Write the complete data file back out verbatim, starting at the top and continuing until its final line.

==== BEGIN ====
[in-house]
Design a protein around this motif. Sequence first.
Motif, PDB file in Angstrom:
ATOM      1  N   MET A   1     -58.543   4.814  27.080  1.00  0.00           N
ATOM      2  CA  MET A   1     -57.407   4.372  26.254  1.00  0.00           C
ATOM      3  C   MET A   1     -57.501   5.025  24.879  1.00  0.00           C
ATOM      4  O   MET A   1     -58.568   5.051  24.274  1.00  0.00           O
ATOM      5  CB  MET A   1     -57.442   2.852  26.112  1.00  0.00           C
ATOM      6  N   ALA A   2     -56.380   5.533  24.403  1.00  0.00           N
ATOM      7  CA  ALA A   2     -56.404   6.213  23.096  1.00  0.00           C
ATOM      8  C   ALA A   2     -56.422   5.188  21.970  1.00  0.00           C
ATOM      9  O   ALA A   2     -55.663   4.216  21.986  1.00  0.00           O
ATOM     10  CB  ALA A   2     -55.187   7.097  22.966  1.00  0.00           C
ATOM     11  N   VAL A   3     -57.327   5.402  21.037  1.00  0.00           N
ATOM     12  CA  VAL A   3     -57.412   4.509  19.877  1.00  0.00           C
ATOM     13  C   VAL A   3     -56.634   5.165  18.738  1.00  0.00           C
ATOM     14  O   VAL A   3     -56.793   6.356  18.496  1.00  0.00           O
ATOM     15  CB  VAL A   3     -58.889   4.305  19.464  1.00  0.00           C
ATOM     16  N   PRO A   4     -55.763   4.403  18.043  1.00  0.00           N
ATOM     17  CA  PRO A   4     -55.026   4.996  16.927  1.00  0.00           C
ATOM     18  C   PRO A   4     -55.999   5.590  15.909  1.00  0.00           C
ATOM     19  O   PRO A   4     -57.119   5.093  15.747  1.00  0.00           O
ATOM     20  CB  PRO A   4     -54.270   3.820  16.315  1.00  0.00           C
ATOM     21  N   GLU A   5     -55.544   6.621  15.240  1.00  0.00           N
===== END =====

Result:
[in-house]
Design a protein around this motif. Sequence first.
Motif, PDB file in Angstrom:
ATOM      1  N   MET A   1     -58.543   4.814  27.080  1.00  0.00           N
ATOM      2  CA  MET A   1     -57.407   4.372  26.254  1.00  0.00           C
ATOM      3  C   MET A   1     -57.501   5.025  24.879  1.00  0.00           C
ATOM      4  O   MET A   1     -58.568   5.051  24.274  1.00  0.00           O
ATOM      5  CB  MET A   1     -57.442   2.852  26.112  1.00  0.00           C
ATOM      6  N   ALA A   2     -56.380   5.533  24.403  1.00  0.00           N
ATOM      7  CA  ALA A   2     -56.404   6.213  23.096  1.00  0.00           C
ATOM      8  C   ALA A   2     -56.422   5.188  21.970  1.00  0.00           C
ATOM      9  O   ALA A   2     -55.663   4.216  21.986  1.00  0.00           O
ATOM     10  CB  ALA A   2     -55.187   7.097  22.966  1.00  0.00           C
ATOM     11  N   VAL A   3     -57.327   5.402  21.037  1.00  0.00           N
ATOM     12  CA  VAL A   3     -57.412   4.509  19.877  1.00  0.00           C
ATOM     13  C   VAL A   3     -56.634   5.165  18.738  1.00  0.00           C
ATOM     14  O   VAL A   3     -56.793   6.356  18.496  1.00  0.00           O
ATOM     15  CB  VAL A   3     -58.889   4.305  19.464  1.00  0.00           C
ATOM     16  N   PRO A   4     -55.763   4.403  18.043  1.00  0.00           N
ATOM     17  CA  PRO A   4     -55.026   4.996  16.927  1.00  0.00           C
ATOM     18  C   PRO A   4     -55.999   5.590  15.909  1.00  0.00           C
ATOM     19  O   PRO A   4     -57.119   5.093  15.747  1.00  0.00           O
ATOM     20  CB  PRO A   4     -54.270   3.820  16.315  1.00  0.00           C
ATOM     21  N   GLU A   5     -55.544   6.621  15.240  1.00  0.00           N